An Easy Strategy for Picking Your Battles


“Daddy, I love my pajamas! I really want to wear them to school. Can I, please?”

The father of this three-year-old hesitated. The pajamas his daughter wanted to wear were weather-appropriate and good quality, but should he let her wear them to school? Should he insist she get dressed in her normal clothes, or should he allow her to wear pajamas to school?

A client came to me recently with this dilemma and asked what he should do. I told him, “It depends on your values. What lesson do you want her to learn?”

If the father’s value was to teach his daughter to express her individuality or think outside the box, then he should allow her to wear the pajamas. If his value was to teach his daughter that there are certain social norms that must be followed, then he should ask her to wear her daytime clothes.

Use Your Values as a Guide

At some point in our work together, almost every parent asks me “Is this a battle worth fighting?”  But parents soon realize that they can answer their own question once they have clarified their values. That’s because values can easily help you determine how to respond to your child in the moment.

 If his father knows that his overall value is to teach his daughter to try new things (as long as it won’t hurt her or anyone else), his response will come easily to him: “Sure, wear your pajamas to school today.”

Here is another example, this time from my own family:

As is the case with any 4-year-old, my daughter doesn’t like going to bed. When I tell her that it is time to stop reading and go to sleep, she says, “No, Mommy! I don’t WANT to.”

So what should I do? Do I focus on her disrespectful response? Tell her that sometimes we have to do things we don’t want to do? Emphasize that bedtime is bedtime and complaining is useless?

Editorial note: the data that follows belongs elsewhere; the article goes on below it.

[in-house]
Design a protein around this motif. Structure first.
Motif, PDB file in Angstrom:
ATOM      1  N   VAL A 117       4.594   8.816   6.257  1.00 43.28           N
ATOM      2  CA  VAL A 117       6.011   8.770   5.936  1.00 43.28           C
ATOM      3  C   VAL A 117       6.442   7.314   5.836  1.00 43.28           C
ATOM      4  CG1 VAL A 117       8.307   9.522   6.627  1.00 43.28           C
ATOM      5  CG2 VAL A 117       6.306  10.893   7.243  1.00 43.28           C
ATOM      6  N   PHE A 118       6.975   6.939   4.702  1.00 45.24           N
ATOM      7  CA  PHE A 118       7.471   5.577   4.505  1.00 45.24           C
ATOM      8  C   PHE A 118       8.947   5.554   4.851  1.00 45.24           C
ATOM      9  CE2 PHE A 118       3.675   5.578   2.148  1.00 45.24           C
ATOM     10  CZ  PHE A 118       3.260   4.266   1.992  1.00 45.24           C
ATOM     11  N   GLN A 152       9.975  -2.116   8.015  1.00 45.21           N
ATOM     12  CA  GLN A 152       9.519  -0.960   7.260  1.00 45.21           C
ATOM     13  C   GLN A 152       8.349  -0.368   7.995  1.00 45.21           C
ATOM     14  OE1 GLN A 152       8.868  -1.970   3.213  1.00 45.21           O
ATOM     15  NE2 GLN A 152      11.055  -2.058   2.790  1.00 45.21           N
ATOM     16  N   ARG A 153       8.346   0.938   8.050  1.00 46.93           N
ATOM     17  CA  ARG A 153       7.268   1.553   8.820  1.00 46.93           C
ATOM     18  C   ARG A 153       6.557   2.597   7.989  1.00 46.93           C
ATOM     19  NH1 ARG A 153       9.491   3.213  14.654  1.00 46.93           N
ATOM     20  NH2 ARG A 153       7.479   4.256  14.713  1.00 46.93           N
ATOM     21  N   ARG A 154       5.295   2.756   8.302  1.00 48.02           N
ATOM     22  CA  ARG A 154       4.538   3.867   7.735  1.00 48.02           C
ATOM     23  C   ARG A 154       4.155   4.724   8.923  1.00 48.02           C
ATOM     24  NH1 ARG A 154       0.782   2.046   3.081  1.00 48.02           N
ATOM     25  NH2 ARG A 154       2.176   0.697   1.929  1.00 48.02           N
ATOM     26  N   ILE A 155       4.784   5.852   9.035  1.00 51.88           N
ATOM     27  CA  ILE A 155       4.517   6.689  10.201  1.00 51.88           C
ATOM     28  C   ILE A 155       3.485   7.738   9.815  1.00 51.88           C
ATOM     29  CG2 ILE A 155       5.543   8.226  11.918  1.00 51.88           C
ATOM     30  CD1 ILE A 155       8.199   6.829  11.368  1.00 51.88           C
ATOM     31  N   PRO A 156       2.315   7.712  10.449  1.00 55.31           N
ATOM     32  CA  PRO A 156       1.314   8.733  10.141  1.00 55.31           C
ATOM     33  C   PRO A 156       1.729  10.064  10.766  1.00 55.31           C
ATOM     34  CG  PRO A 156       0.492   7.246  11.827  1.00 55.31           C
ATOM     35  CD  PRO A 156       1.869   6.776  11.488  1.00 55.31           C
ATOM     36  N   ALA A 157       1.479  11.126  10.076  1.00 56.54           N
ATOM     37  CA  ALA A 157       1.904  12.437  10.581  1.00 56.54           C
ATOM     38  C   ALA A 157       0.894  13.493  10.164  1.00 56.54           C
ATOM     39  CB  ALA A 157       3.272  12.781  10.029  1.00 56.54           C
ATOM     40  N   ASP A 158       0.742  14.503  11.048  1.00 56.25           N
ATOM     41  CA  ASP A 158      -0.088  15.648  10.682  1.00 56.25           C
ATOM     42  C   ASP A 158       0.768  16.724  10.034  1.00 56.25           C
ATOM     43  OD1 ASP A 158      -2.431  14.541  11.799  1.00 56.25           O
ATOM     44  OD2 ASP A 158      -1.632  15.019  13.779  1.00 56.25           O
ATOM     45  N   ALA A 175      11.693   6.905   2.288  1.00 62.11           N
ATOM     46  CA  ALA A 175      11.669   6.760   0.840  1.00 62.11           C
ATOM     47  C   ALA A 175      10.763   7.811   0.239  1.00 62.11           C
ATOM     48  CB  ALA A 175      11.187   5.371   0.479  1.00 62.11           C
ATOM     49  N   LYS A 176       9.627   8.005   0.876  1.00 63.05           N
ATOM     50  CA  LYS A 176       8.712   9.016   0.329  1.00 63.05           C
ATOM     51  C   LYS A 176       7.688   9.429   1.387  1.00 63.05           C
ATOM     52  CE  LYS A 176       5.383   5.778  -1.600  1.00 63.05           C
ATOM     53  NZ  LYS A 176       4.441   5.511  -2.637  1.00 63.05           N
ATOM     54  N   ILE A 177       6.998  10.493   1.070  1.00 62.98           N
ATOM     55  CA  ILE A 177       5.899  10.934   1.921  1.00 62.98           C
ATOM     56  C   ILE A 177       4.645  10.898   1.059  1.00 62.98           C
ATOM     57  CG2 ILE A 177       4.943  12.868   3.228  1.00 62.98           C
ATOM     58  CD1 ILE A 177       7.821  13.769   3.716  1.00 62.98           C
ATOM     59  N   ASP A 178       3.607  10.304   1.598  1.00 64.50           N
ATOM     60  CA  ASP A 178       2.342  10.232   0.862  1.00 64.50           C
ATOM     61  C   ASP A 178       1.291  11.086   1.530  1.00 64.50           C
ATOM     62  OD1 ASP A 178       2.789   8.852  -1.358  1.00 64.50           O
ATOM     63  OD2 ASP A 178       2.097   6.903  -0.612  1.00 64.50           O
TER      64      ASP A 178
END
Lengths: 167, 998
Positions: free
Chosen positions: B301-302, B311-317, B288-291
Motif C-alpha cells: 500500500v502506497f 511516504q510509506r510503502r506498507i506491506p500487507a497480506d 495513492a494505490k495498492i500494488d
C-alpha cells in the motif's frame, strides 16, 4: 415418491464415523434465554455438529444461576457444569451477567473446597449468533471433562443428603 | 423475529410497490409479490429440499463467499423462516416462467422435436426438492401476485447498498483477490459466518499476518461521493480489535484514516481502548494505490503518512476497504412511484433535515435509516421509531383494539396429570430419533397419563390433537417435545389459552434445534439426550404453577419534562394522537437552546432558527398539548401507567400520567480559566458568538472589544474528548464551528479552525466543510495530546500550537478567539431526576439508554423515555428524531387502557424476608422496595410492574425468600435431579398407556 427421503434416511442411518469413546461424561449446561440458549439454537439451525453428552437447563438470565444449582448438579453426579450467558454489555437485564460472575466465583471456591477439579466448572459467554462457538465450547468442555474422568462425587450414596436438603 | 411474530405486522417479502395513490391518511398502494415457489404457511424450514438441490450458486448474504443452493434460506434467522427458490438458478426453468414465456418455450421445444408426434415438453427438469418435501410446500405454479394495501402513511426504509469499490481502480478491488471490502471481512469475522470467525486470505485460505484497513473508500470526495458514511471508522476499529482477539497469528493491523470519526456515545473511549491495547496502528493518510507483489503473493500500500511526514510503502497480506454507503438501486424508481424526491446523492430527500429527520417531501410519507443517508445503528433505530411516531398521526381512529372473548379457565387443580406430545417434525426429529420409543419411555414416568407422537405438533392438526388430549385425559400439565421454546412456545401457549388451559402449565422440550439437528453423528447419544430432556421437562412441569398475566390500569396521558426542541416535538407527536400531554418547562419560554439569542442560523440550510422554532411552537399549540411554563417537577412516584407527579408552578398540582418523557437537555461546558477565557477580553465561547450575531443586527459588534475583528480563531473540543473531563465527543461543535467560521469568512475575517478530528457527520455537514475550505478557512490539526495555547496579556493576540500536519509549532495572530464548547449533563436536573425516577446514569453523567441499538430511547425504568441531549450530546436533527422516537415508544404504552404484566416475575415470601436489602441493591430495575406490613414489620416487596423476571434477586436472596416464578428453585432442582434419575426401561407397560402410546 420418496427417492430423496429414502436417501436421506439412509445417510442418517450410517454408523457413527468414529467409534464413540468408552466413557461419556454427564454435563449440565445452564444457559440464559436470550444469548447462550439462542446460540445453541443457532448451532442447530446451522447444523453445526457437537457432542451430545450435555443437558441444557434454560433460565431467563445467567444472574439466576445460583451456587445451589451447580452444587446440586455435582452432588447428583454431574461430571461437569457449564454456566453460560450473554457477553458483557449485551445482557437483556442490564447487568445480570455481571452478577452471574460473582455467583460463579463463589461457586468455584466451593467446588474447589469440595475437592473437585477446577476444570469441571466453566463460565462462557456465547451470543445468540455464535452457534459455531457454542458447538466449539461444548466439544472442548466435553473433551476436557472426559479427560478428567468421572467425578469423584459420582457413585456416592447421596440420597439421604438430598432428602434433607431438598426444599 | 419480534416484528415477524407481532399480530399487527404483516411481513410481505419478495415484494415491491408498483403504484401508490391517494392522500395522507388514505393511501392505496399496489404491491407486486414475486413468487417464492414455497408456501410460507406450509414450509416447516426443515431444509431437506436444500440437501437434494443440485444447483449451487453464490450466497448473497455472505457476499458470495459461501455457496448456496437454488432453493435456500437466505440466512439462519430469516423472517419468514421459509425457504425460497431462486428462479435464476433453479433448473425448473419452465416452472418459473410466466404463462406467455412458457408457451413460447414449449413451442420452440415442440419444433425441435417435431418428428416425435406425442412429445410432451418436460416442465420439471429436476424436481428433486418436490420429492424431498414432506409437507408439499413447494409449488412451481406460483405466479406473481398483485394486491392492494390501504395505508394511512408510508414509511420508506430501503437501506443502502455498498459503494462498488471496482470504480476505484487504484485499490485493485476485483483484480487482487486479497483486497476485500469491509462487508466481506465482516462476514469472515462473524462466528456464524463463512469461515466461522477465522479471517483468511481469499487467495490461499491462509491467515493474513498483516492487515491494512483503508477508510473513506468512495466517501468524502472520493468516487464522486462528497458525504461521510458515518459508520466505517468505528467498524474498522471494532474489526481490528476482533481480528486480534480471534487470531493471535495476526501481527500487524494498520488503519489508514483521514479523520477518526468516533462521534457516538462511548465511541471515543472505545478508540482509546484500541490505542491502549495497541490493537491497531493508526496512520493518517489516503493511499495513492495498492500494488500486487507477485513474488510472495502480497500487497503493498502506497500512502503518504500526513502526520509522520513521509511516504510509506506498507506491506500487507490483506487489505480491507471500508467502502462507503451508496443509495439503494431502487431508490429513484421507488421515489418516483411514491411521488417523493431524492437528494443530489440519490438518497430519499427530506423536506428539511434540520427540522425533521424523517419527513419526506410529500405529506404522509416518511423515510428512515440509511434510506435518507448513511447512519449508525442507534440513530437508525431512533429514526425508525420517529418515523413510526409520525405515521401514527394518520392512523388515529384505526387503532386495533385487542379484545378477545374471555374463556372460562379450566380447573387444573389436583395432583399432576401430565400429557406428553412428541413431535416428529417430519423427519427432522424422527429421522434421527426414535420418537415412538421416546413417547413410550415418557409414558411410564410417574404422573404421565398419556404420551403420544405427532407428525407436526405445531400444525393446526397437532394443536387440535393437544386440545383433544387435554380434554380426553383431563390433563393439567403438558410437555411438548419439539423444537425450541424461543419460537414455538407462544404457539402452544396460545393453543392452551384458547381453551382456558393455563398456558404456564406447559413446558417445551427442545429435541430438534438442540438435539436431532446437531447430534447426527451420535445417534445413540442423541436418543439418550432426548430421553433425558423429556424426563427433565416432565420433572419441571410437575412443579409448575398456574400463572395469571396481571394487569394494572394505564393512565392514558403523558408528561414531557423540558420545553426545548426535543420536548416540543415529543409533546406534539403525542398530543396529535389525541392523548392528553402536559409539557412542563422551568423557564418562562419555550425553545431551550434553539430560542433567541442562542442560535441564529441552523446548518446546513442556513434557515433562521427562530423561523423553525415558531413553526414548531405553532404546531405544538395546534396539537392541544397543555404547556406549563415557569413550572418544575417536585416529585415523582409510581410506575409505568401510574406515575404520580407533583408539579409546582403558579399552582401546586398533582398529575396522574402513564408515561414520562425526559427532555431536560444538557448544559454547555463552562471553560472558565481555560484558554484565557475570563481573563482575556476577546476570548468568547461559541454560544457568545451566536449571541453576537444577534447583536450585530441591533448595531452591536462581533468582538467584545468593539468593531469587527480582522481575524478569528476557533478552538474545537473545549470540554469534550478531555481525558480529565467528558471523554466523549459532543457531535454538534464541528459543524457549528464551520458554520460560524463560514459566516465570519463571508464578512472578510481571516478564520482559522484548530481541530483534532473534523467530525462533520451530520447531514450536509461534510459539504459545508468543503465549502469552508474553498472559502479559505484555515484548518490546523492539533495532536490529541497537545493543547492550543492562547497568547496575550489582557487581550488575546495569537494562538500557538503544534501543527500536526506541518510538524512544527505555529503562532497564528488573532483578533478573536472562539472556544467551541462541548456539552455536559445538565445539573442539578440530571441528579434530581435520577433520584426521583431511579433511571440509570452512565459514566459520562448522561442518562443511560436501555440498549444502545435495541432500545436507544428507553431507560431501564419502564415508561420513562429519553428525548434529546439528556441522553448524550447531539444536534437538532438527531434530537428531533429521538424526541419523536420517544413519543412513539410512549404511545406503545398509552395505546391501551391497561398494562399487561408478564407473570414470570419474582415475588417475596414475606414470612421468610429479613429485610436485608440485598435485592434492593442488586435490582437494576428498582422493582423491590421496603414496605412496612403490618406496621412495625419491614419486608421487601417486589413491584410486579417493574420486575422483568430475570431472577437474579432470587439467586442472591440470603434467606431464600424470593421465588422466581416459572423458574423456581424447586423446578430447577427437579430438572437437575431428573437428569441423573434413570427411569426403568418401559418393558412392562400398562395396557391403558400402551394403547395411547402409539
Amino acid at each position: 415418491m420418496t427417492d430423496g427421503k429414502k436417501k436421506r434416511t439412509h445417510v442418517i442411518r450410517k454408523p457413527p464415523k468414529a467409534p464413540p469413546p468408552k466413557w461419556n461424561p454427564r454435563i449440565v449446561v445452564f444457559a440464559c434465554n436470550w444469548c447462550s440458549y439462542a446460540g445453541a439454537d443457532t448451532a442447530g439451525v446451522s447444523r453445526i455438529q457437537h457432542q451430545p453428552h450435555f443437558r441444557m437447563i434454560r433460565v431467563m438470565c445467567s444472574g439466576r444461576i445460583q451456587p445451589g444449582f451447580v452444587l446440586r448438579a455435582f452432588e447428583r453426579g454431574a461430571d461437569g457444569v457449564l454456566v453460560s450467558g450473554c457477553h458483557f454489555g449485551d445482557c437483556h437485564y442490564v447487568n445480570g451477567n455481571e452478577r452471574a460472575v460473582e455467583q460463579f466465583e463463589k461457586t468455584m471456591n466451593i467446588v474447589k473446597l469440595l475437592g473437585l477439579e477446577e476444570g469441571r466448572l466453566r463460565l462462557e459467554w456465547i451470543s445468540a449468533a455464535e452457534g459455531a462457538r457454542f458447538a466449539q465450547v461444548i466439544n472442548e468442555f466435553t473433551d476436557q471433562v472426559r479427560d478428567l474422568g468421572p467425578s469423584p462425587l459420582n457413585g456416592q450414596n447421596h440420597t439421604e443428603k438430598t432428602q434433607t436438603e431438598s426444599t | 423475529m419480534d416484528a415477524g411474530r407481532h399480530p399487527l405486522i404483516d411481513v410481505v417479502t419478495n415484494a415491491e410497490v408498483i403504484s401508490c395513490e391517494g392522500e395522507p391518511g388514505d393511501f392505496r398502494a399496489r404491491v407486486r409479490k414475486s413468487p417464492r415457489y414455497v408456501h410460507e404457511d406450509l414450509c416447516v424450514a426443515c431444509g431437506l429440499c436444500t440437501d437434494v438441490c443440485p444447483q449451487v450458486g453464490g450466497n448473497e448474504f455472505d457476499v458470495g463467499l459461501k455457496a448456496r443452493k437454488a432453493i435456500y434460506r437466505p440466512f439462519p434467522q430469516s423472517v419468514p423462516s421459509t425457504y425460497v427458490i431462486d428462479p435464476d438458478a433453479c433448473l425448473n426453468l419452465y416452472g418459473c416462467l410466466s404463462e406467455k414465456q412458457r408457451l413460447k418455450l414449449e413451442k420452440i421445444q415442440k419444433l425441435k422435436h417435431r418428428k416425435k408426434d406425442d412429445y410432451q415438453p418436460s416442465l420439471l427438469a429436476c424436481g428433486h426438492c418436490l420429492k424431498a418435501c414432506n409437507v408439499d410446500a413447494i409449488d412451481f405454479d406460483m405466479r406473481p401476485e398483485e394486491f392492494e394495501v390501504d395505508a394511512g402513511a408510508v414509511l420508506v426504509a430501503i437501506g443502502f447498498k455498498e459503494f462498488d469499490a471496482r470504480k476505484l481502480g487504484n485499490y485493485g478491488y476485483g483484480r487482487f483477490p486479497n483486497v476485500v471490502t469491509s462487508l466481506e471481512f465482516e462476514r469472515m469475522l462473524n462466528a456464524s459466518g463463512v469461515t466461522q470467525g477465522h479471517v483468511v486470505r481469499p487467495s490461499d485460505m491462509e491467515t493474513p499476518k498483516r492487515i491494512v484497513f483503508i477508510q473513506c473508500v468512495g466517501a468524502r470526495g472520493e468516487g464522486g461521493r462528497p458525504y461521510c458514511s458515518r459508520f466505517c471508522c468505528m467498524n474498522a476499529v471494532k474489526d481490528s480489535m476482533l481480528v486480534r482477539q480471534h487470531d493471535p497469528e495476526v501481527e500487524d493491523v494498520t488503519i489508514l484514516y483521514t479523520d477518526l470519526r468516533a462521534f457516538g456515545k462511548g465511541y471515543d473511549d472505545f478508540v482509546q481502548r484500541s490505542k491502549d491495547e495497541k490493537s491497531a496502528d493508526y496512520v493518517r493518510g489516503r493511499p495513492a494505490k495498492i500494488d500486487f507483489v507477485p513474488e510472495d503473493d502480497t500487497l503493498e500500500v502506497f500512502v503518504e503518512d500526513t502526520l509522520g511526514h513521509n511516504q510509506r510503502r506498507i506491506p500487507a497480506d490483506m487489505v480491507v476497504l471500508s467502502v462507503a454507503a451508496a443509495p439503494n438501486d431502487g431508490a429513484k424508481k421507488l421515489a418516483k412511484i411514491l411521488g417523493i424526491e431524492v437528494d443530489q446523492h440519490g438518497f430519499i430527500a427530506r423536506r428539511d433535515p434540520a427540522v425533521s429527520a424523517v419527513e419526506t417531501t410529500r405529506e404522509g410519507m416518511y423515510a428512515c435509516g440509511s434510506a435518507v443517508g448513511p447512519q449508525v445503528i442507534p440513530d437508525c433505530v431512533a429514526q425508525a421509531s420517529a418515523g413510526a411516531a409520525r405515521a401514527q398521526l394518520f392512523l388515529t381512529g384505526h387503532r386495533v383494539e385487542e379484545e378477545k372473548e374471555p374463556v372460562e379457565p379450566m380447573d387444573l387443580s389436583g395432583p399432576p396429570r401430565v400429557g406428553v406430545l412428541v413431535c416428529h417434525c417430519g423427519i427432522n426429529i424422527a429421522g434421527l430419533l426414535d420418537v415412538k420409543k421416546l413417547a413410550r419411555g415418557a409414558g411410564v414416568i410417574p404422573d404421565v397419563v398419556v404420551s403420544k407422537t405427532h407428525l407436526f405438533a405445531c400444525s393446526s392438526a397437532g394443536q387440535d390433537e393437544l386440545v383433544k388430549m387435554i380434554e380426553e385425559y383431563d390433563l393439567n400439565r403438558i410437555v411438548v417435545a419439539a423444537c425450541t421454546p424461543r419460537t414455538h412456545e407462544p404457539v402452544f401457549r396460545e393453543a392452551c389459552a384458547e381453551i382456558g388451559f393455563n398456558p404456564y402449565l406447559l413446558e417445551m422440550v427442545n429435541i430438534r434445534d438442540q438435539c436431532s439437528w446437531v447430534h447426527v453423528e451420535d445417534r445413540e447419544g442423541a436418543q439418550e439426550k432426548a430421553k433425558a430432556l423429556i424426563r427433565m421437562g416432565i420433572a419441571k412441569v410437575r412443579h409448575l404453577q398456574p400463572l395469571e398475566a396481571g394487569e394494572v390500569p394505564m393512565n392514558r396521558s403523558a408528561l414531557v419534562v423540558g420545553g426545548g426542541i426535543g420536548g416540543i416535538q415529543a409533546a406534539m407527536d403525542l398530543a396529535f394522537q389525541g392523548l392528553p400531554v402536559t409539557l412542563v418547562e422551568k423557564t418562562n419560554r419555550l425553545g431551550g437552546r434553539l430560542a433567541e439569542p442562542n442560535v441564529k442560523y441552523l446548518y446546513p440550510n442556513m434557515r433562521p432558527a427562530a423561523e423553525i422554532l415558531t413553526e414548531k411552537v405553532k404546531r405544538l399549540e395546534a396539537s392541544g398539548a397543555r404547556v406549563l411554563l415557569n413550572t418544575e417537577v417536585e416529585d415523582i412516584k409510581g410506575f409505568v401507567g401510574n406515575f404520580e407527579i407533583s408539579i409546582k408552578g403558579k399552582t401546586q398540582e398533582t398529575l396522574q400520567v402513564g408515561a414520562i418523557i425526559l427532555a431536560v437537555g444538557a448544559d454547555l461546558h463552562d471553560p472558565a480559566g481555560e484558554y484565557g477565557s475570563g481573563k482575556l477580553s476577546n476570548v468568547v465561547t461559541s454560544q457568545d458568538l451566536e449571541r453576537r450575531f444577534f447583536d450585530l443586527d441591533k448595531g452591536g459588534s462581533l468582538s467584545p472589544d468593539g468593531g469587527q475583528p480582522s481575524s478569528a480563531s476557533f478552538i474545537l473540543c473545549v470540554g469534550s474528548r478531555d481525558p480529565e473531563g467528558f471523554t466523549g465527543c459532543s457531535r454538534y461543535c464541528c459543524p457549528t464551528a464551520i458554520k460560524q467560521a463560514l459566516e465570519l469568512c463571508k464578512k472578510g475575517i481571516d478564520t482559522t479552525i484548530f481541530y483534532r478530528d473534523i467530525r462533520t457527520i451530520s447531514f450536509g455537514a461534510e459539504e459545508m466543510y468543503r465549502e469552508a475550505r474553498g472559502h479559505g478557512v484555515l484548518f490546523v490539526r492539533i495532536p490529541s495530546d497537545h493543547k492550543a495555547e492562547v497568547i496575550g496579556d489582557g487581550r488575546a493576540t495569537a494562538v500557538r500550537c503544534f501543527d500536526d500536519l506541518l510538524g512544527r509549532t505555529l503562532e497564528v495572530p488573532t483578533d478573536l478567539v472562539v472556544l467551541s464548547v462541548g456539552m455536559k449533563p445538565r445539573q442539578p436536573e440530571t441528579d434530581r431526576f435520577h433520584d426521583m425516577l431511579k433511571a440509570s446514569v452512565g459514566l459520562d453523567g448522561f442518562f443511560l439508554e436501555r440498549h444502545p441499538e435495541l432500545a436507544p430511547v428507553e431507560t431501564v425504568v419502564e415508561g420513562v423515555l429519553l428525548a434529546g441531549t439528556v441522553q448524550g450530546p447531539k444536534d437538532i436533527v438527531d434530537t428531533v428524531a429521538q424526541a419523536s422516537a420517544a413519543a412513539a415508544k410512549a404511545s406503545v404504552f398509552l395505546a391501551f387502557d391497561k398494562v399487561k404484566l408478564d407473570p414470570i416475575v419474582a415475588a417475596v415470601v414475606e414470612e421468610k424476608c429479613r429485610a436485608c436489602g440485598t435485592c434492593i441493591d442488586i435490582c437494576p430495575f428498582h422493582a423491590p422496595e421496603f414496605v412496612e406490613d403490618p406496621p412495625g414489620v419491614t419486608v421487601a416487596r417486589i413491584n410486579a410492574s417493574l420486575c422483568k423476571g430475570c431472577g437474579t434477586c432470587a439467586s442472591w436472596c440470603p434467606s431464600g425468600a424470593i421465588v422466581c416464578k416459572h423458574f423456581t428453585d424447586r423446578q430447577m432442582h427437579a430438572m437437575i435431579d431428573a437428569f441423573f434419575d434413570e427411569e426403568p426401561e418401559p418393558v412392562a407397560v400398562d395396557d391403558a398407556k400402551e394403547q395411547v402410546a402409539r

I go back to my values for guidance. When it comes to parenting, my first value is “respect yourself” and my second value is “respect others.”

I want my daughter to recognize and speak up for what she wants and needs. But I also want her to express those things in ways that is respectful to others.

So I say, “Oh, you don’t want to stop reading. It must be a good book…tell me about it.”

(I’m taking her perspective seriously and treating her with respect – modeling my value and the behavior I want her to learn.)

After she responds, I say, “Thank you for sharing that with me. Now it’s time for bed. Let’s decide how we should put the book down. Do you want to use a bookmark or put it down so it looks like a tent?” Nine times out of 10, she will put the book down and go to bed.

The “Win”

If I had focused on how rude her tone was or how she needed to go to bed immediately, would she really have learned how important the value of “respect” is? Would she have learned what it looks like to be respectful? If I hadn’t consulted my values, she would more likely have learned what it looks like when I lose my cool!

And it appears that she has learned the lesson. I am proud to say that I have even witnessed my daughter responding to little sister by calmly saying, “Please stop doing that,” rather than yelling “STOP! You’re annoying me!”

Take a moment to identify your top 3-5 values. (This is a great exercise to do with your spouse/partner.) See for yourself how easy it is to determine which “battles” to choose when you have concrete ideas to guide you.